Tag: Cavalry

The Kilpatrick Dahlgren Raid 28 February to 1 March 1864

By early 1864, Lincoln was despairing that he could find no General to prosecute the Union’s war against the South in the eastern theatre. All of his leaders around the Potomac seemed to be frozen with indecision and a fear of failure. Much to his delight, a plan from a junior Cavalry General, H. Judson Kilpatrick, came into his view through Secretary of War Stanton. Kilpatrick knew that his immediate superiors would either poo-poo the idea or steal it as their own, so he approached Lincoln’s administration directly through back channels. Such was the state of the Union military leadership in the east. Kilpatrick was proposing a daring raid into the mouth of the lion to snatch Federal prisoners held in deplorable conditions in Confederate held Richmond. Kilpatrick’s plan suggested more as well. Stanton and Lincoln were attracted by the idea that a raid into Richmond, apart from freeing prisoners, would also serve as a huge propaganda victory. Kilpatrick was summoned to Washington for a private meeting with Stanton and given the go ahead. Kilpatrick’s superior’s were not amused, although they had no choice but to support him as he had the direct support of Lincoln.

Kilpatrick, like many Cavalry officers from the North and South, had dreams of great daring-do, but was known to some peers and subordinates as “KillCavalry” for his reckless behavior. However, many, including Lincoln, believed that more of this type of risk taking was necessary to dislodge a stubborn foe in Virginia. Kilpatrick had no problem attracting another officer of similar ideals, named Colonel Ulric Dahlgren. Dahlgren, the son of a Union Admiral, had made his name in previous engagements, including chasing Lee’s forces out of Maryland after Gettysburg, and lost a leg for his work. Having recovered and sporting a prosthetic leg, Dahlgren was ready for more grandiose riding.

The Kilpatrick Dahlgren Raid

The operation started just before midnight on the night of the 28th of February 1864. They were aided by a diversionary attack further west by General Sedgewick and a Cavalry Brigade commander who probably would have longed to have been involved in the raid. His name was George Armstrong Custer. The diversion drew the Rebels west and cleared a path for Kilpatrick and Dahlgren. Custer was especially effective in drawing the Confederates on a wild goose chase as far away as Charlottesville. Leaving Elys Ford at the Rapidan River, north of Chancellorsville, the The Kilpatrick Dahlgren raid set out at a good cavalry pace and reached Spotsylvania courthouse by leap day, 1864. Here, they split forces with Kilpatrick heading straight into Richmond from the north with 7/8ths of the force. Dahlgren took a wide, westerly path to enter Richmond from the southwest with a force of approximately 500. The idea was to give the impression that the city was being attacked from multiple sides and cause panic long enough to get the prisoners out. If they could destroy a few things in Richmond, all the better.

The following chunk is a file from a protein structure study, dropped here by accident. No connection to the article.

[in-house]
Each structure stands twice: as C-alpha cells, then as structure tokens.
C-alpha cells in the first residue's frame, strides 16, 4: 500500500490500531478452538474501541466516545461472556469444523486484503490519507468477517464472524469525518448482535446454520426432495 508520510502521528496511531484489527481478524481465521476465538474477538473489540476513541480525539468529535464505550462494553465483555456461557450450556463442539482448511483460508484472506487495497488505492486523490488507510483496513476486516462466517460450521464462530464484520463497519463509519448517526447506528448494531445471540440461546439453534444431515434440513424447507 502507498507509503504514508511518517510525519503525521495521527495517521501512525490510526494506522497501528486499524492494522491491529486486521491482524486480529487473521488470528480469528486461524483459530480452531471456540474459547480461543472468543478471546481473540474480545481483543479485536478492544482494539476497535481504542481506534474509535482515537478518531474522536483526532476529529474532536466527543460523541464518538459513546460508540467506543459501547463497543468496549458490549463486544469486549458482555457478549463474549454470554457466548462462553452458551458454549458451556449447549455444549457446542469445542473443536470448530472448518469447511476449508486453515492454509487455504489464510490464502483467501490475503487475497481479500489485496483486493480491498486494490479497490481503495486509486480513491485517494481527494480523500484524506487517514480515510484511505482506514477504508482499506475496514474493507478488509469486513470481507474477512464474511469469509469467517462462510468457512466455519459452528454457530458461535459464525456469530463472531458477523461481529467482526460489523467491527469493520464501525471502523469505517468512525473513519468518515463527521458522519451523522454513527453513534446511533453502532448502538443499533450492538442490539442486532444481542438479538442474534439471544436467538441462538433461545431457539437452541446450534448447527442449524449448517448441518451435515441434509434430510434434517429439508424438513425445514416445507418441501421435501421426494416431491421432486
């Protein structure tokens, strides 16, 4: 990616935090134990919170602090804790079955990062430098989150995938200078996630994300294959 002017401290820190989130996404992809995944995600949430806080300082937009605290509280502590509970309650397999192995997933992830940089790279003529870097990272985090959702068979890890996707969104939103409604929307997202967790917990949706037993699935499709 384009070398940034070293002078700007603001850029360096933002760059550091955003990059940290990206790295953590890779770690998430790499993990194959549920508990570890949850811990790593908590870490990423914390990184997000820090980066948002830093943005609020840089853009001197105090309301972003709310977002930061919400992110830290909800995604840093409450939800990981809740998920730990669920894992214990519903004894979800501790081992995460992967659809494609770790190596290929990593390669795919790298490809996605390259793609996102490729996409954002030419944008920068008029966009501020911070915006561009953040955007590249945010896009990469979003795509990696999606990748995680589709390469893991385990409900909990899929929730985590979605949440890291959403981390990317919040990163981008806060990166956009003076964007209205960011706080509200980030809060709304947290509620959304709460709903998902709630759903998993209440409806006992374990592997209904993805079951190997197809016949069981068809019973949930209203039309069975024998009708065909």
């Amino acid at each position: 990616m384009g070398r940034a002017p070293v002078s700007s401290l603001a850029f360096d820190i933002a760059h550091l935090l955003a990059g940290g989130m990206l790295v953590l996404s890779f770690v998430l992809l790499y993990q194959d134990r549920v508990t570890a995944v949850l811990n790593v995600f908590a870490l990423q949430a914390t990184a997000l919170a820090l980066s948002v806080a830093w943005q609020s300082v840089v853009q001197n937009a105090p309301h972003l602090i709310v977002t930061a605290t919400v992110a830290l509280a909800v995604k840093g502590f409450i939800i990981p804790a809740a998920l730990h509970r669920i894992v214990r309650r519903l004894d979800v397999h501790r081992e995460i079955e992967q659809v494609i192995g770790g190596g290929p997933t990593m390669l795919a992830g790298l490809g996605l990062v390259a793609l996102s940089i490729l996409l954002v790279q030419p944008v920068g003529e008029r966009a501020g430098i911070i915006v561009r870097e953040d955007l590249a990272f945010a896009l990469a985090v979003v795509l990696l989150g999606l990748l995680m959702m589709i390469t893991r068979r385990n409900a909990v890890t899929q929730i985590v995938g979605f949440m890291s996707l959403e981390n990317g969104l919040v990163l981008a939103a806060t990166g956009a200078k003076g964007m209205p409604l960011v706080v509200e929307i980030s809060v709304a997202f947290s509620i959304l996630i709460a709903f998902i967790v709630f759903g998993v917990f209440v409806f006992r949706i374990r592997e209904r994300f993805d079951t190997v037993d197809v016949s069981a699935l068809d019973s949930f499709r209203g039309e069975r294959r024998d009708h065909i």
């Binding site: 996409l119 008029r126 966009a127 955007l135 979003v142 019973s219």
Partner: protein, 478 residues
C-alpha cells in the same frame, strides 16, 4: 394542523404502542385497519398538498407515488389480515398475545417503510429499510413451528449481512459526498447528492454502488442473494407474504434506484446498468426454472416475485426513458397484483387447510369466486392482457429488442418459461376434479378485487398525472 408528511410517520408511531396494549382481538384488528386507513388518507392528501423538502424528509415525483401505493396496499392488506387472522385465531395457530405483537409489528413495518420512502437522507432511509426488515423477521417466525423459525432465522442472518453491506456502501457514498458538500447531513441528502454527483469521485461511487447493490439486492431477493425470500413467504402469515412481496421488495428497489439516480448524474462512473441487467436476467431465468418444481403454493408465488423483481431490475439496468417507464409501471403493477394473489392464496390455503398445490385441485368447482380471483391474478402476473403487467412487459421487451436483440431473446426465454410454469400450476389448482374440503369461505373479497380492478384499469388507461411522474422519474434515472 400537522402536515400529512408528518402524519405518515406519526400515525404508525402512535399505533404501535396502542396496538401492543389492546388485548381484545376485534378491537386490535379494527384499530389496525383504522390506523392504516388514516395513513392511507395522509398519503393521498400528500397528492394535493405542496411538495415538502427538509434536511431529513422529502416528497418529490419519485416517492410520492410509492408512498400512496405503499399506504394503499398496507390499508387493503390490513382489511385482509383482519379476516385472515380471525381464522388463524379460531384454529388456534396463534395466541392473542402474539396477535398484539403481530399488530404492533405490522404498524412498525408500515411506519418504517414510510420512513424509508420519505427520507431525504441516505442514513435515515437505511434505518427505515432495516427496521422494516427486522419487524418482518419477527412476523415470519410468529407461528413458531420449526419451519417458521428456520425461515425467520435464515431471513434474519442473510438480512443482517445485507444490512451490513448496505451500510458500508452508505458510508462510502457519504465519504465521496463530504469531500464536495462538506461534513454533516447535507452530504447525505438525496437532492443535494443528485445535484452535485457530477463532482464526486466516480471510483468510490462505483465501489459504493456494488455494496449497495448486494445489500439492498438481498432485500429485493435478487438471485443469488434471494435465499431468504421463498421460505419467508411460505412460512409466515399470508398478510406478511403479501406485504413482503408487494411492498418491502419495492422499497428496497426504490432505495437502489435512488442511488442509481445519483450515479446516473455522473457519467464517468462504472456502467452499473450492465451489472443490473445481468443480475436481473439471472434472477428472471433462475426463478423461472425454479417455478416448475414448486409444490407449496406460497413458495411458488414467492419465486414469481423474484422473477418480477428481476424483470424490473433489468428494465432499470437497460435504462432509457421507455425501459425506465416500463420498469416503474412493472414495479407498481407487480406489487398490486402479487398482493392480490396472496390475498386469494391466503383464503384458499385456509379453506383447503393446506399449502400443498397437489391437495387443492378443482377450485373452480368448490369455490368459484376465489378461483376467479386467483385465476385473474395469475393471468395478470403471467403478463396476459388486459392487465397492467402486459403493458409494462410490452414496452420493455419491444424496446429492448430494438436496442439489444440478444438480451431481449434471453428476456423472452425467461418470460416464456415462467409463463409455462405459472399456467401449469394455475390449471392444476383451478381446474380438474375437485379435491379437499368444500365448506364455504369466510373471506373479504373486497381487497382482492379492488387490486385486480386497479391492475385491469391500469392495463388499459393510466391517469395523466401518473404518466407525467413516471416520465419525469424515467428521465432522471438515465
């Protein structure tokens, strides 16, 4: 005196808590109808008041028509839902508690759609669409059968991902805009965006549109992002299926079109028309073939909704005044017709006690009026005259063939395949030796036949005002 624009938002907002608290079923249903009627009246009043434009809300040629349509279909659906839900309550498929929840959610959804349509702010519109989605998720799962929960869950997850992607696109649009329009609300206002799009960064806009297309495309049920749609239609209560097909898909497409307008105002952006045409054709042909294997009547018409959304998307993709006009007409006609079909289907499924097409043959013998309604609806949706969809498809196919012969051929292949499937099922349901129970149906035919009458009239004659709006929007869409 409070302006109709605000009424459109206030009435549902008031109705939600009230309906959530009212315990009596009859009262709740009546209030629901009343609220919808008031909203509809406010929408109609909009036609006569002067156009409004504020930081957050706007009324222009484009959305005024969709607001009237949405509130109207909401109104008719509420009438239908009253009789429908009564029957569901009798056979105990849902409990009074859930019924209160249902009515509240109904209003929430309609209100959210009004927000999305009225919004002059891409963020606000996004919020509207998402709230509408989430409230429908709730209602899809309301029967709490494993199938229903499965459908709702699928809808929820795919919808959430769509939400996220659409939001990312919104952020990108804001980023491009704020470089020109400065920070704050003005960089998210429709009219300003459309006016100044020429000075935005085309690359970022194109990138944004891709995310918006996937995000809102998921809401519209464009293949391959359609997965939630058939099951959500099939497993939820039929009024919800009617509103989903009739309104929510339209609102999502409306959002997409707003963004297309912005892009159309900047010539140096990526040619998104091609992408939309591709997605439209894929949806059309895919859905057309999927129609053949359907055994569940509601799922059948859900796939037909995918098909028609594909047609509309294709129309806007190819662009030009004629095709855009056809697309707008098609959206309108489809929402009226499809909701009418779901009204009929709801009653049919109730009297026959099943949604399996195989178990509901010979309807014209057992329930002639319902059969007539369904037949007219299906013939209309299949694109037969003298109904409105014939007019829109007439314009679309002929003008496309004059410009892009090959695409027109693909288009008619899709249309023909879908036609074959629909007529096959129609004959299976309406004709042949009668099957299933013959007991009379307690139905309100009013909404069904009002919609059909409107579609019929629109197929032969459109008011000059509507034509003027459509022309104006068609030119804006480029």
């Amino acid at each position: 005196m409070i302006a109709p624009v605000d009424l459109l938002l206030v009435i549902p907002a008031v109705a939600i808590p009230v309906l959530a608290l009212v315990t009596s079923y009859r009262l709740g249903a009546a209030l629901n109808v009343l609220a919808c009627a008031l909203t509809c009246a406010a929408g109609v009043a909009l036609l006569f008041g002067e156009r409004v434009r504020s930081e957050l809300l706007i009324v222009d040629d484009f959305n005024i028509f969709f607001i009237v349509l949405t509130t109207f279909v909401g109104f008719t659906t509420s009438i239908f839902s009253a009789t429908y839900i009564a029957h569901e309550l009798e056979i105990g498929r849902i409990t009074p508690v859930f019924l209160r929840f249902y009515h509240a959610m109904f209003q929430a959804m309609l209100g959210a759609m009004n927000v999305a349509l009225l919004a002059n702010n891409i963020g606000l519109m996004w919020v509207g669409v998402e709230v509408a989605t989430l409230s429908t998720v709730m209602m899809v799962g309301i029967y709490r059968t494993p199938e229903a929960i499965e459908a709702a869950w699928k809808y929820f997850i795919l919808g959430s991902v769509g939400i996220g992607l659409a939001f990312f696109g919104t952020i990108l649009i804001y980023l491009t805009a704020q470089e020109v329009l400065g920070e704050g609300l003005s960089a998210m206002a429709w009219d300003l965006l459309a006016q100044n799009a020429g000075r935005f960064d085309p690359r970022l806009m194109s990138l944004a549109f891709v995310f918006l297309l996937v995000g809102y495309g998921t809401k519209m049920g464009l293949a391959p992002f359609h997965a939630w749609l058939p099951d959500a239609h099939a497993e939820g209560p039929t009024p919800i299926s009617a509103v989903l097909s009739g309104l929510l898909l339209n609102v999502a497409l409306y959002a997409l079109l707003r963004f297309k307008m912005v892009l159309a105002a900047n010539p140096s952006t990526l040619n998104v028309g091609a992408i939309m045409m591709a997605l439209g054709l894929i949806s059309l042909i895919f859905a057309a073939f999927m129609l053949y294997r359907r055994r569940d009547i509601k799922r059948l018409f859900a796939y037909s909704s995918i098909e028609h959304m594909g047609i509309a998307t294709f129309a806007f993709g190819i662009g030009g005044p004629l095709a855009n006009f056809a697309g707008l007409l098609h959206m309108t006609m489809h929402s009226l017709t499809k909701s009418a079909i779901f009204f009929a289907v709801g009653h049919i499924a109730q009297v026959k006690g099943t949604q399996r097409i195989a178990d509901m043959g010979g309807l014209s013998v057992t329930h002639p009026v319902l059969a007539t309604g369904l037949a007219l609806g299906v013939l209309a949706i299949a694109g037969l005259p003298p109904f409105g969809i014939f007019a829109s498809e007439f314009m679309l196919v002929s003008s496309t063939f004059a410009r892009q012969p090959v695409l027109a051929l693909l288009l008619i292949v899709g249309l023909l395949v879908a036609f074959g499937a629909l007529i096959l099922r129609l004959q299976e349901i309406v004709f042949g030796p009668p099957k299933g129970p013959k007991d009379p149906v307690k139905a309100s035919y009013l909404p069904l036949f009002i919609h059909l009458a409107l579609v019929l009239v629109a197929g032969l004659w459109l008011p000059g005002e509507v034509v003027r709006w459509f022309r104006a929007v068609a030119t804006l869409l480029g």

Kilpatrick continued well through appalling weather of sleet and high winds. Dahlgren met a slave boy to guide him over a ford-able point on the James River and was on time, so was feeling pretty high at this point. Kilpatrick fired flares to see if Dahlgen would respond, but the weather was so bad that the flares could only be seen locally. Both drove on, but Dahlgren soon came to grief as the guide led him to a point at the rain swollen James that they could not ford. Dahlgren was thrown off track and was furious. The boy probably just did not know that the river was that high, but this did not appease Dahlgren. In a fit of rage, Dahlgren hung the boy for treachery. Unable to find a fording point, Dahlgren was stuck and could not complete his mission. Kilpatrick had entered north Richmond by now and encountered a force of old men and clerks, but misread the situation as regular troops. In an uncharacteristic delay, Kilpatrick hesitated whilst he waited for the signal from Dahlgren that the southwest attack was on. The “Dad’s Army” force held on well and long enough for re-enforcements to arrive and drive Kilpatrick off. Kilpatrick now decided to avoid the fate of the prisoners he had come to save, but left Dahlgren in a bind by pulling back. Kilpatrick was harried all the way back to Union lines, but Dahlgren and many of his 500 were to die trying to elude the Confederates.

The The Kilpatrick Dahlgren raid was a failure on the tactical as well as strategic front, but it was to get worse. The Rebels searched Dahlgren’s body and allegedly found orders to destroy Richmond and kill Jefferson Davis and his cabinet. The Union denied the existence of such orders, but the outrage in the South had the opposite effect of the propaganda coup Lincoln had hoped for.

Kilpatrick Dahlgren Raid Motorcycle Ride Recommendation

I call this ride the “Rapidan Return.” It covers the path Kilpatrick took to Richmond and then passes over the James River near Goochland where Dalgren had hoped to cross. It continues on the beautiful VA state routes 6 and 20 to Charlottesville where Custer worked the area. the ride finishes near the battlefield parks of WildernessChancellorsville and Spotsylvania.

Cromwell Delivers at Battle of Naseby 14 June 1645

If there is one obvious point in the English Civil War where Oliver Cromwell’s star emerged from mere cavalry commander to driving force in the New Model Army, the Battle of Naseby may be it. Cromwell convinced his commander, Fairfax, to move to an adjacent, more neutral hill, so as to encourage the Royalists to attack. Cromwell was so confident that he wanted to goad the Royalists, especially Prince Rupert, into a fight by giving them a better chance. That level of confidence was not misplaced. Cromwell’s actions, as well as the actions of Prince Rupert, were to confirm their reputations. Rupert was the European shock trooper with élan and Cromwell was the disciplined English soldier and stern Puritan. At Naseby, both armies put forward their “A” teams with Prince Rupert, Prince Maurice and the King himself present on the Royal side. Fairfax, Cromwell and Skippon led the Parliamentarian’s New Model Army. There would be no denying the superior force after Naseby.

The Battle of Naseby